There was a giant whooshing sound this month in the capital markets – the sound of nearly $1 billion flowing into the two zero-fee index funds launched in August by Fidelity. For their second act, the firm has just announced the launch of two more funds, a large-cap core index fund and an “extended market cap” fund covering small and mid caps, to complement the Total Market and International products.

Fidelity’s no-fee fund launch was a bold move in the intense price war already underway among passive-investment providers. But was it that surprising, in retrospect? After all, the brokerage already offered a number of passive index funds with management fees under 5 basis points, as did many of its competitors. The other battle front is in trading commissions, where competitor Vanguard recently launched commission-free trading for nearly all ETFs, not just the ones that it manages directly.

Actually, the move toward a free-product business is not such a shock. It looks an awful lot like the “freemium” model we have come to expect in most areas of our digitally centered lives. Are you paying for that Gmail account? What about the app you use to track your daily macros or your step count or your budget?

Offering a free base-level product is a popular – and proven – way of walking new clients in the door. In fact, maybe we should have all seen this coming. In a 2014 article on the freemium model in Harvard Business Review, professor Vineet Kumar summed it up: “In today’s digital era, when the marginal costs of many products are dropping, businesses will increasingly turn to the freemium model.” Passive investments fit the bill.

Once those clients (or users, shall we say?) arrive, the hope is that some portion of them decide to pay real dollars for a higher-value product – in this case, an actively managed fund, a niche passive product, trading services, or the advice of a dedicated advisor. By offering a basic product at a loss, passive investment providers stand to profit from other revenue from the new user.

The bait of freebies is also not limited to pure-digital goods. Amazon has used this loss-leader strategy with great success, taking losses on shipping services and depending on who you ask, maybe on its book sales (as well as the pure-digital Prime Video streaming products.)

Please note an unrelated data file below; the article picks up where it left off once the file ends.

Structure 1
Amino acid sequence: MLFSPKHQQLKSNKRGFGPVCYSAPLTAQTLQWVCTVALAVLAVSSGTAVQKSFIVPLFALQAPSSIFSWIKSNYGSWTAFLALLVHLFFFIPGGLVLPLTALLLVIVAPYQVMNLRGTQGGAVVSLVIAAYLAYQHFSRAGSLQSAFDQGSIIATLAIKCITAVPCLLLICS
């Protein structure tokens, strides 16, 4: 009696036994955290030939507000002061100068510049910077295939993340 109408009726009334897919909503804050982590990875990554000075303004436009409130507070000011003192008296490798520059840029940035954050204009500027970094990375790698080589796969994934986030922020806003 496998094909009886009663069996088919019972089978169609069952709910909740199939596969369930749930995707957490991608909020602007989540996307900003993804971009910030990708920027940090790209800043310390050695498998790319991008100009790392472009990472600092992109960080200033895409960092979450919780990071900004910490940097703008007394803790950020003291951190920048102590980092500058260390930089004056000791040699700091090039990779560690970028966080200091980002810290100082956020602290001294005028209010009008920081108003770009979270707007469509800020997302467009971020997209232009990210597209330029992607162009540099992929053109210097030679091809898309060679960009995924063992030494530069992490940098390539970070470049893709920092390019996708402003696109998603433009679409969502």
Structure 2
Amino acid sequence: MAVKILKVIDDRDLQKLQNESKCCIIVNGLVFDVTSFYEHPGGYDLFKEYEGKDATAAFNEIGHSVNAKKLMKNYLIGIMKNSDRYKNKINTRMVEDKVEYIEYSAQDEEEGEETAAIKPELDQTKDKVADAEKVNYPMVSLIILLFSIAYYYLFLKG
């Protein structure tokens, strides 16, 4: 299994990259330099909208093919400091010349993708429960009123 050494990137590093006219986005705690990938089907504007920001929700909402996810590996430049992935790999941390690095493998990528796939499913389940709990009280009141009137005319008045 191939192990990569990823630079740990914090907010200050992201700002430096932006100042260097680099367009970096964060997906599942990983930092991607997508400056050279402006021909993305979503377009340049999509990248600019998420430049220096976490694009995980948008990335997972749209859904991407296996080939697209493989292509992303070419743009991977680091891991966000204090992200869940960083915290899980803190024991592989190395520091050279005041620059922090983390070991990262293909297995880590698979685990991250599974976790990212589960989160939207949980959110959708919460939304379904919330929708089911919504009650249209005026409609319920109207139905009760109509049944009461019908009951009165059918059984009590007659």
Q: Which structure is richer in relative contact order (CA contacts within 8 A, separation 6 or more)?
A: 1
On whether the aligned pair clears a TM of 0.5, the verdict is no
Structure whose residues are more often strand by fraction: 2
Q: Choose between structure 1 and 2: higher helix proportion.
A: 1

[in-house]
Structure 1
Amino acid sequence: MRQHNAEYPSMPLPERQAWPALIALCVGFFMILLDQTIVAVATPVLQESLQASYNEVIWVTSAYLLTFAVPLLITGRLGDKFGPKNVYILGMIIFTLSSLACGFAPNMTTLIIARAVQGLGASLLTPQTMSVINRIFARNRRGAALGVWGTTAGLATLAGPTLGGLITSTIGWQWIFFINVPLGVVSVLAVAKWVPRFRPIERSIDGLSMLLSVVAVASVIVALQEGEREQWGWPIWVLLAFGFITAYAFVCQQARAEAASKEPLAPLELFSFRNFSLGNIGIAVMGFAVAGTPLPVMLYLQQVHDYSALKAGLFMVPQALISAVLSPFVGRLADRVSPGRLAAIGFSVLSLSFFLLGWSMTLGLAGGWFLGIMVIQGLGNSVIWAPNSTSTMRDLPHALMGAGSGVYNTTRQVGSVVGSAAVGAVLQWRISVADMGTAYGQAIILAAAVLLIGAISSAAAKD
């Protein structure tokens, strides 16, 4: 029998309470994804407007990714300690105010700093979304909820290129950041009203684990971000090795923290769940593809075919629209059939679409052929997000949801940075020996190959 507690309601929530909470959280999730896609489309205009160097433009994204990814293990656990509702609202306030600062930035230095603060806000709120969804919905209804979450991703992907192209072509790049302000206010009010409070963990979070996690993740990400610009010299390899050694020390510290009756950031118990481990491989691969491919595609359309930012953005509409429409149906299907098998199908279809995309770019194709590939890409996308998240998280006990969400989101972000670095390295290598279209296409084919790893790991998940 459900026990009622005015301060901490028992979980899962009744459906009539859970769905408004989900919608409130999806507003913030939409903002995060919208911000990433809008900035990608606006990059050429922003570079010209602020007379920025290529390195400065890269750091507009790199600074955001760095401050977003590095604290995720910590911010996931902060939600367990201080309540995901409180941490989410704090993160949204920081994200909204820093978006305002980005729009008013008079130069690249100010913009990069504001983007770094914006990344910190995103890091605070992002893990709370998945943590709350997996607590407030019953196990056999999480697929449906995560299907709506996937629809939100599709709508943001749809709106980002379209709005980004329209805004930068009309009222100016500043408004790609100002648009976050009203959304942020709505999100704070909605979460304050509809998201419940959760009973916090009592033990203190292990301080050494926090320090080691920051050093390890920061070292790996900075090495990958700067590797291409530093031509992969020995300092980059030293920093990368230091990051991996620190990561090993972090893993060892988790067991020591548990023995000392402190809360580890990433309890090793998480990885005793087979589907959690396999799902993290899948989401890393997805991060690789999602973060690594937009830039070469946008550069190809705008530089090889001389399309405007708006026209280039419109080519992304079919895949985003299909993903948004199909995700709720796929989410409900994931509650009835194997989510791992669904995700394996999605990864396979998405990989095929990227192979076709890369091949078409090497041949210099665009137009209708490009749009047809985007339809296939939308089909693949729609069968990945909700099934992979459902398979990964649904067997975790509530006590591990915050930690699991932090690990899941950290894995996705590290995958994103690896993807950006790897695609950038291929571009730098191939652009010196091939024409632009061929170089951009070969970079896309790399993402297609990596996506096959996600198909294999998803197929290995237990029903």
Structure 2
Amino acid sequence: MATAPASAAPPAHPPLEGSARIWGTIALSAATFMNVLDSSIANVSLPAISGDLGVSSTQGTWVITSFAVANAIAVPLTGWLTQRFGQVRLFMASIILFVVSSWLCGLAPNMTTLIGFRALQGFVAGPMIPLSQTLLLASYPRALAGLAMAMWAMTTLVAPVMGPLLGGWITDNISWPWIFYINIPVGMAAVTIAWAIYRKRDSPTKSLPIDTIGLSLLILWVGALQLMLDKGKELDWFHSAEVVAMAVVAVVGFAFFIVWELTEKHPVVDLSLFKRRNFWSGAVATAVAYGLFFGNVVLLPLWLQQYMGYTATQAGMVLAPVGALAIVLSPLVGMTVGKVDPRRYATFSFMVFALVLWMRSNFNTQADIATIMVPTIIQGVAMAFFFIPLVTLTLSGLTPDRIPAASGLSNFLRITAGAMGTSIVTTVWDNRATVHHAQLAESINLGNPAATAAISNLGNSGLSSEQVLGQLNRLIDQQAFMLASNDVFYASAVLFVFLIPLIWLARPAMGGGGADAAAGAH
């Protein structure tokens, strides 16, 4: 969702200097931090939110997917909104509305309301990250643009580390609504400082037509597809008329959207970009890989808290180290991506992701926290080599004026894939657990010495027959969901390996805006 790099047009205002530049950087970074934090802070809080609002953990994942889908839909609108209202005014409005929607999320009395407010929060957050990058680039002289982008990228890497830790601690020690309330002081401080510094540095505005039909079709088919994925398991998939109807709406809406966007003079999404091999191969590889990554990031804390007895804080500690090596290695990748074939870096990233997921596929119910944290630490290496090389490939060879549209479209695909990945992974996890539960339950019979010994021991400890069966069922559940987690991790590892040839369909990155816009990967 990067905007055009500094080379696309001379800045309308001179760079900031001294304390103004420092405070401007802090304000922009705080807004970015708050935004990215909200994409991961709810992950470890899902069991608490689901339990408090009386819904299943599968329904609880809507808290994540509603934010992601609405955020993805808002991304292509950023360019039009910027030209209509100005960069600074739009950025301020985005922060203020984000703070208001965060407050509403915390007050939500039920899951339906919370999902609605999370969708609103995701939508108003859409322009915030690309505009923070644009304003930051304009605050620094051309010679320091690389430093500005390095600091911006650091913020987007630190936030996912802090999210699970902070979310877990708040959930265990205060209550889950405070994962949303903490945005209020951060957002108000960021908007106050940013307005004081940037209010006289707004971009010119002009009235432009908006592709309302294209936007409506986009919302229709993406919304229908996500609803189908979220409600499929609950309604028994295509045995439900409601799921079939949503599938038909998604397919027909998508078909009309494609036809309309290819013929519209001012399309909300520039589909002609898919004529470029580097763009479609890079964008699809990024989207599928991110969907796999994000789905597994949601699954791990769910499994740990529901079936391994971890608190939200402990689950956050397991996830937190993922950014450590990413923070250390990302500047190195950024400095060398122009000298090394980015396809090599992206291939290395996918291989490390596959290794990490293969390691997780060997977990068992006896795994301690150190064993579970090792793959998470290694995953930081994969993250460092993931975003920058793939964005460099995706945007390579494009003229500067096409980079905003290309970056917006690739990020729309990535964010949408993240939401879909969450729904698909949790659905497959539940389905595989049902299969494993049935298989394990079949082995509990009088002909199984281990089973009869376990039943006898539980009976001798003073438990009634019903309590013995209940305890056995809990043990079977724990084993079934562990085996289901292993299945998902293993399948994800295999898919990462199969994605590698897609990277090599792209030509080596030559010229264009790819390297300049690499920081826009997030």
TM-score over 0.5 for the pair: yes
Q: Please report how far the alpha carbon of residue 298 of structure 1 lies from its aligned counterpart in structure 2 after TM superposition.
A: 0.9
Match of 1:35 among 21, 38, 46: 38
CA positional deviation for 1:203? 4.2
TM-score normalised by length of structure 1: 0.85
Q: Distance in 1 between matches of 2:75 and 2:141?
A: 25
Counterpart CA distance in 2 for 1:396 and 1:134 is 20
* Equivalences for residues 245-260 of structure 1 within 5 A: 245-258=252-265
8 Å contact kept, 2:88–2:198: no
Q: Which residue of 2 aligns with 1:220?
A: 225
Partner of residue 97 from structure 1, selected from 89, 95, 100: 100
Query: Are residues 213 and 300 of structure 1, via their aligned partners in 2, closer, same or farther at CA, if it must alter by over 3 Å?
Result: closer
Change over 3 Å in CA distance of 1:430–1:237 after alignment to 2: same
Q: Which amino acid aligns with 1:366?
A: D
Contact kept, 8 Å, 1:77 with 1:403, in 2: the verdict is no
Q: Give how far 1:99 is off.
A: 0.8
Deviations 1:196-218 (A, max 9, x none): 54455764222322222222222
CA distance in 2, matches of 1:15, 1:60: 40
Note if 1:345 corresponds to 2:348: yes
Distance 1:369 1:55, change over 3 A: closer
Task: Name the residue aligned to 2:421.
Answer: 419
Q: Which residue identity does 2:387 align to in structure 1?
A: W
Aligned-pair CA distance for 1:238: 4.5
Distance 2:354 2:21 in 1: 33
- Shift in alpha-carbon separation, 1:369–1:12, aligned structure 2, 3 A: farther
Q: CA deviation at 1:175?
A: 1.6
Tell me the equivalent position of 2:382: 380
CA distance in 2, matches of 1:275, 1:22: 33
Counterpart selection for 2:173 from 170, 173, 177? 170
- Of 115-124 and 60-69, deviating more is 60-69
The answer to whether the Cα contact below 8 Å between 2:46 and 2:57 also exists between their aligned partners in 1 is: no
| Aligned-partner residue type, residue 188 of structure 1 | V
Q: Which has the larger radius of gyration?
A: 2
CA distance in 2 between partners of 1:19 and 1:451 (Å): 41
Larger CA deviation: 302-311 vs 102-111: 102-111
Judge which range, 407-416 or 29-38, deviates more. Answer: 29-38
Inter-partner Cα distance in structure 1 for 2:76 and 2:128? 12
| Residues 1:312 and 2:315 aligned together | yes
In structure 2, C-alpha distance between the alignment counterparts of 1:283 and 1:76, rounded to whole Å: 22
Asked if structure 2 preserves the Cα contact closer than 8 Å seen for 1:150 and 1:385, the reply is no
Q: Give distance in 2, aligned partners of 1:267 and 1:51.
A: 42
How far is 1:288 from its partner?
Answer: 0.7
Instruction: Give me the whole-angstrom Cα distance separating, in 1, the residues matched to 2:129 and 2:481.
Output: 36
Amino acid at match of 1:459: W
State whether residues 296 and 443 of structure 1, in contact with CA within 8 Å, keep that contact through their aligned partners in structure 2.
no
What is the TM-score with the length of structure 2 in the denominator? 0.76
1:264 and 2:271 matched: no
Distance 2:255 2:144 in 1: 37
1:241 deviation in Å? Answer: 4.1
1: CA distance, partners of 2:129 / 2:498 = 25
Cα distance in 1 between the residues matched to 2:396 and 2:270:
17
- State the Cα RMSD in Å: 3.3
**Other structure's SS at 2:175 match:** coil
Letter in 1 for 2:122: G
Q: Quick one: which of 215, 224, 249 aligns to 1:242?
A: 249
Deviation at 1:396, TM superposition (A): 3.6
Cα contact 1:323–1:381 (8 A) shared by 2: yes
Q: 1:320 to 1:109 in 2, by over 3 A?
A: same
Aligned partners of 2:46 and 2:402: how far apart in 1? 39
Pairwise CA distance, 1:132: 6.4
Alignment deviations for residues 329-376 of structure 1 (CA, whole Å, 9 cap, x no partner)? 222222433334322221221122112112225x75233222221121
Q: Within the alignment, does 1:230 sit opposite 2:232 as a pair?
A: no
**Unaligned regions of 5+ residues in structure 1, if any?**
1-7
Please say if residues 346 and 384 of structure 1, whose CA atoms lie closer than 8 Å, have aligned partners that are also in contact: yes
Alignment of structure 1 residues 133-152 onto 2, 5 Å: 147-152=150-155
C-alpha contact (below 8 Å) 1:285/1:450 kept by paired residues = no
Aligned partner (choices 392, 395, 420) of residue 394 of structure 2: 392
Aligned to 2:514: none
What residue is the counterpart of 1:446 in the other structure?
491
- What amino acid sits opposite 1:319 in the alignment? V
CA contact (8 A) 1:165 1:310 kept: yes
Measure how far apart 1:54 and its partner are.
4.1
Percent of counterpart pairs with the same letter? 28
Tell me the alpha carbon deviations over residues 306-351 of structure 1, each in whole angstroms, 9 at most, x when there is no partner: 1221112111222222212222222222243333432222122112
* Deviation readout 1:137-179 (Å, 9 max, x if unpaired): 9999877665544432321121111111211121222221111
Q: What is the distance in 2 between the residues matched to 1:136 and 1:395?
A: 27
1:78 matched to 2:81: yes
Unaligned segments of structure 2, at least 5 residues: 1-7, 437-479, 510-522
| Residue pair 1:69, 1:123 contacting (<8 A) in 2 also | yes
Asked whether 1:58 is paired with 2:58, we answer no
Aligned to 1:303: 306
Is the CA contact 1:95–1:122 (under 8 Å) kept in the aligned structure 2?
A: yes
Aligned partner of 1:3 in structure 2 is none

Of course, no pricing model is set in stone, and the pricing evolution underway in financial products is almost certainly not finished. Those of us who pre-date the digital revolution may remember another freemium model that has seen changes of late: the free checking account. Indeed, we’ve all become so accustomed to having free checking services that Bank of America faced serious backlash when it announced earlier this year that it was converting a popular no-fee checking account to another kind of account for which the typical user would then pay monthly fees; at the time of this writing, nearly 400,000 people even signed a change.org petition to protest the move.

At any rate, perhaps we should be celebrating the move toward no-fee vanilla investment options. On one hand, at least we all know now where the bottom is. With a clearer two-tier pricing model emerging, marketers and strategists can have some certainty about which way to steer the ship. And for those of us making content – a notably free but valued offering to the clients and users of financial services – the worth of our product hasn’t changed.

Carolyn Marsh

Carolyn has been a freelance financial writer since 2015. She has an industry background, previously working as a risk analyst at a large brokerage and as an investment strategist at an asset management firm. She holds an MBA with a specialization in analytic finance from the University of Chicago Booth School of Business, and is a CFA charterholder. As a freelancer, she writes for asset managers, consulting firms and the occasional university publication. Carolyn is based in Washington D.C.